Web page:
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IN MY OPINION

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Pre-draft camp losing its luster

Lack of participation by potential first-round selections a trend that frustrates NBA's talent evaluators

Rick Bonnell
Rick Bonnell covers the Charlotte Bobcats and the NBA for the Charlotte Observer. You can reach him by email.

LAKE BUENA VISTA, Fla. In its current direction, the NBA pre-draft camp will soon be as relevant as disco music and lava lamps.

There was a time, back when this thing was in Chicago, when general managers were disappointed if no lottery picks participated in the camp games. Now those same talent evaluators feel fortunate if any first-rounders feel the need to play.

New Bobcats coach Larry Brown summed up the frustration Thursday night when I asked him who he liked here. Larry shrugged, sighed slightly, and said this was the worst field he'd witnessed for the event.

This, from a guy who reminded us a few weeks ago how much he loves the smell of the gym. Brown is typically among the first to show up each day for this camp; he grabs a seat at center court, surrounded by his staff and takes constant notes.

Brown implying an event he devours didn't have much value says plenty.

Most of the coaches, GMs and scouts who attend this thing aren't quite so attentive. Many sit high in the stands, networking more than evaluating. This is equivalent to the Final Four, which college coaches use as a convention of sorts. It's the one time each season every team's basketball operation is in the same building.

That's why I typically cover it; it's a great place to field information about coaching hires, player injuries and general league gossip. Plus, there's a group interview with the projected lottery picks, who are generally excused from anything other than measures and other testing.

But its intended purpose -- one last look before investing a first-round pick -- erodes by the year. Three of the players at the 2007 camp, including the Bobcats' Jared Dudley, went on to be first-round picks. This year, based on what I hear from scouts, it wouldn't be shocking if that number was lower.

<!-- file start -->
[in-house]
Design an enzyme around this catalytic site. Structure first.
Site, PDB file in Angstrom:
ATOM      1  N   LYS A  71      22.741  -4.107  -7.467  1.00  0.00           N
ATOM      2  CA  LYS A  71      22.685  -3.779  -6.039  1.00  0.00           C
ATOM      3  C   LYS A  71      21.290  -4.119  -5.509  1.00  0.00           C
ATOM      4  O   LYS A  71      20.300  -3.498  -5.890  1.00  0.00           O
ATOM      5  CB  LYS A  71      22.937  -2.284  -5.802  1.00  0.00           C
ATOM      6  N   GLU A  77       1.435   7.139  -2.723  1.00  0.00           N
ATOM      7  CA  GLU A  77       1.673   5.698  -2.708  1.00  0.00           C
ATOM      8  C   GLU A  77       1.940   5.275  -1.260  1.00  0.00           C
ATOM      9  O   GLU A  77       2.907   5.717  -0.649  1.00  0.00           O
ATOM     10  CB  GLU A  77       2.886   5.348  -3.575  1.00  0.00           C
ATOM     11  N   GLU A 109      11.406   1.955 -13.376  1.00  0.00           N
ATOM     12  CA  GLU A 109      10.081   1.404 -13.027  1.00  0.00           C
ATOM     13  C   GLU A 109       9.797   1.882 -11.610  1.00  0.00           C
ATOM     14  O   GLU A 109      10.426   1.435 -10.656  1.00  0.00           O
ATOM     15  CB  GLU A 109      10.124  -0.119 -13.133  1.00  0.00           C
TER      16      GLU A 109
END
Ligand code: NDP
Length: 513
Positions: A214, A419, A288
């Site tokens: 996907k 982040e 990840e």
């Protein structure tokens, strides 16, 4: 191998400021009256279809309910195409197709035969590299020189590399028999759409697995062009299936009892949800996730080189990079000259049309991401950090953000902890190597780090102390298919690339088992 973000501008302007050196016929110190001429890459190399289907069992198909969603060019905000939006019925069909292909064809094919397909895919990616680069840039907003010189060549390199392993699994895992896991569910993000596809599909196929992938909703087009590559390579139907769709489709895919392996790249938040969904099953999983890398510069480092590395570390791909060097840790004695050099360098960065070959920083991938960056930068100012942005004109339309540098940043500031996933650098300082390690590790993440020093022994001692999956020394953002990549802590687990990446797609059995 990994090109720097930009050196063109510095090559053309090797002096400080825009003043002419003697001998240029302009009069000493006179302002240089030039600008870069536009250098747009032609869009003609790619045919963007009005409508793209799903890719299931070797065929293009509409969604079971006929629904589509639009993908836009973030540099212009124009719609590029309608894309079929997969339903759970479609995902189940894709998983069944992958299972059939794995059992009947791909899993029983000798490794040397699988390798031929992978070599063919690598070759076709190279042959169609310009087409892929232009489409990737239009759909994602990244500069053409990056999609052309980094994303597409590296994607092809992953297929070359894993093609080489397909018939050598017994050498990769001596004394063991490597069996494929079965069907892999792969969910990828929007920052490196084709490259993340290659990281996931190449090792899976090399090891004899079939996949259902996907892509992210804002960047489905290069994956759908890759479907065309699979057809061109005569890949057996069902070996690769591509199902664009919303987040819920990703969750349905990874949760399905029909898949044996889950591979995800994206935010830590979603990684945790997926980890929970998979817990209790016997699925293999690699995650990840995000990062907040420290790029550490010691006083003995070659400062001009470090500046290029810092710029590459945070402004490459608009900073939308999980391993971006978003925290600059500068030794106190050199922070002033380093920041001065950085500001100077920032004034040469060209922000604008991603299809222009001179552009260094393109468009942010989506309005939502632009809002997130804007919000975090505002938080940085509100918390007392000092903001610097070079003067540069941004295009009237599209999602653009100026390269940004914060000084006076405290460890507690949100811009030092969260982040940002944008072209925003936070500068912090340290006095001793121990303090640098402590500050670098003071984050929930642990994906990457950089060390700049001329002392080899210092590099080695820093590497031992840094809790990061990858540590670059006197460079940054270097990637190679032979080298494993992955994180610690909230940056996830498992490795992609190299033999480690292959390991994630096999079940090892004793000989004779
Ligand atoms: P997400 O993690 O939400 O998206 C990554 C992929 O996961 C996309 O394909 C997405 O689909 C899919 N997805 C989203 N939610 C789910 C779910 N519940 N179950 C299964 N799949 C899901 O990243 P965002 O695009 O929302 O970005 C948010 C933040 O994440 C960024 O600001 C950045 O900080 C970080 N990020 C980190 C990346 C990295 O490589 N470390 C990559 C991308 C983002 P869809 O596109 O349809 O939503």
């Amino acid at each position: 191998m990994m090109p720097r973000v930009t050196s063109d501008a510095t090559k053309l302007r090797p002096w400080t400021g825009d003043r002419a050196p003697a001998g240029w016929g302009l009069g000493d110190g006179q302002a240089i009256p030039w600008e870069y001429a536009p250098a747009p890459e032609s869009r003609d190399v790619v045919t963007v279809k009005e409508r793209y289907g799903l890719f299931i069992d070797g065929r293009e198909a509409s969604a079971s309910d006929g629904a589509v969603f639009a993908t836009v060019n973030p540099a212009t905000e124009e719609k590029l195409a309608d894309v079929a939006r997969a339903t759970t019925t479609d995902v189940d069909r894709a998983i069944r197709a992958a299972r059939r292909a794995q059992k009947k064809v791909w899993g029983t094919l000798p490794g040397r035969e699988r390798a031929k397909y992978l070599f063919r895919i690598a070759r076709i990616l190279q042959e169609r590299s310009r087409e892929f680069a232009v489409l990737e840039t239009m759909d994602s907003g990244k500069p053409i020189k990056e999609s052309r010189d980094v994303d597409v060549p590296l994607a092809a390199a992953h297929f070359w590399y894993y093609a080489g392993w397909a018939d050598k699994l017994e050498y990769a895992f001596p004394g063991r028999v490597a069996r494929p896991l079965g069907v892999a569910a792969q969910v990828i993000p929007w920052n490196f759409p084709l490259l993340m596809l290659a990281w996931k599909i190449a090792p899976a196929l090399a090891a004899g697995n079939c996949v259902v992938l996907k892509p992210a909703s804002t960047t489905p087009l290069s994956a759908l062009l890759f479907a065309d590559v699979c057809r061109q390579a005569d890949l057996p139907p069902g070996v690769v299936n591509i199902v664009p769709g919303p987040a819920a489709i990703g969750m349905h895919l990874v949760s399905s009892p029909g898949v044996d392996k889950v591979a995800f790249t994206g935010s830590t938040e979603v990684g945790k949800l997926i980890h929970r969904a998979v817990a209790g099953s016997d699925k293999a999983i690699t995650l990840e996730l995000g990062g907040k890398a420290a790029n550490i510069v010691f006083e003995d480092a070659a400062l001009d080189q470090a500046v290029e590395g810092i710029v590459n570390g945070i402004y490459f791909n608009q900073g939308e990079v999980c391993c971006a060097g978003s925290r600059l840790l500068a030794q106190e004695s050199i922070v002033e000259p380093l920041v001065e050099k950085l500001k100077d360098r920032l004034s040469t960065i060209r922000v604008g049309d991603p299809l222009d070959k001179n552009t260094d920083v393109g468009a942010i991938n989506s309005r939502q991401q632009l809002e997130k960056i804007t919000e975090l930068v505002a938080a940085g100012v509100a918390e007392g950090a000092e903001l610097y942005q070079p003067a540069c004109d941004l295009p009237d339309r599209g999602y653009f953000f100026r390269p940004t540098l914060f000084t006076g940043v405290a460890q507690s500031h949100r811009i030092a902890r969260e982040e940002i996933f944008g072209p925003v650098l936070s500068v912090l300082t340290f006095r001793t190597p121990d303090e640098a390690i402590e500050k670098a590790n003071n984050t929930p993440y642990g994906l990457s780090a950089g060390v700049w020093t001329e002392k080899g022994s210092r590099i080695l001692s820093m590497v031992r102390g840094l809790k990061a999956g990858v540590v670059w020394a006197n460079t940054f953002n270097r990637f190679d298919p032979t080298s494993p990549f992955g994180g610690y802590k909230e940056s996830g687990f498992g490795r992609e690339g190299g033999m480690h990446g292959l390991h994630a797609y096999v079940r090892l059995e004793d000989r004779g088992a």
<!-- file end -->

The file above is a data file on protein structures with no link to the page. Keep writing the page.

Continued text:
You don't see the international players here and there's a large group of domestic first-round maybes, such as N.C. State's J.J. Hickson, who choose not to participate.

Hickson's decision baffles me; if a guy is a marginal first-round pick, then why would he think he has more to lose than gain by not participating? By showing up and playing, North Carolina's Ty Lawson showed scouts he isn't reluctant to compete and his ankle is fine. He answered questions. Hickson passing on this event raises questions.

Not that Hickson's decision is unique; ducking this thing is the norm to a point that most of those playing are second-round picks or undrafted free agents. And that hardly justifies flying in hundreds of talent evaluators for a week of workdays.

I don't know if the NBA can do anything with the players association to compel better attendance, but the effort should be made. Because right now this camp does little more than add to Orlando's tourism economy.

A foul situation

Interesting decision by the NBA last week to acknowledge after the fact that a foul should have been called against Derrick Fisher, for jumping into Brent Barry, at the end of a Lakers-Spurs playoff game.

More interesting was a league spokesman acknowledging that an act that justifies a foul at mid-game might not justify a foul at the end of a tight game. None of that surprises coaches, who anticipate as much. But it reminds me of the perception of NASCAR -- that whatever happens the last lap of a race happens, so long as it makes for a good show.

I'm all for giving referees some latitude to do the right thing; the league has at times made their officials too robotic and guideline-driven. But I can't buy the logic that a foul is a foul until the last two minutes. That's a dangerous precedent in a league full of 250-pound bruisers.

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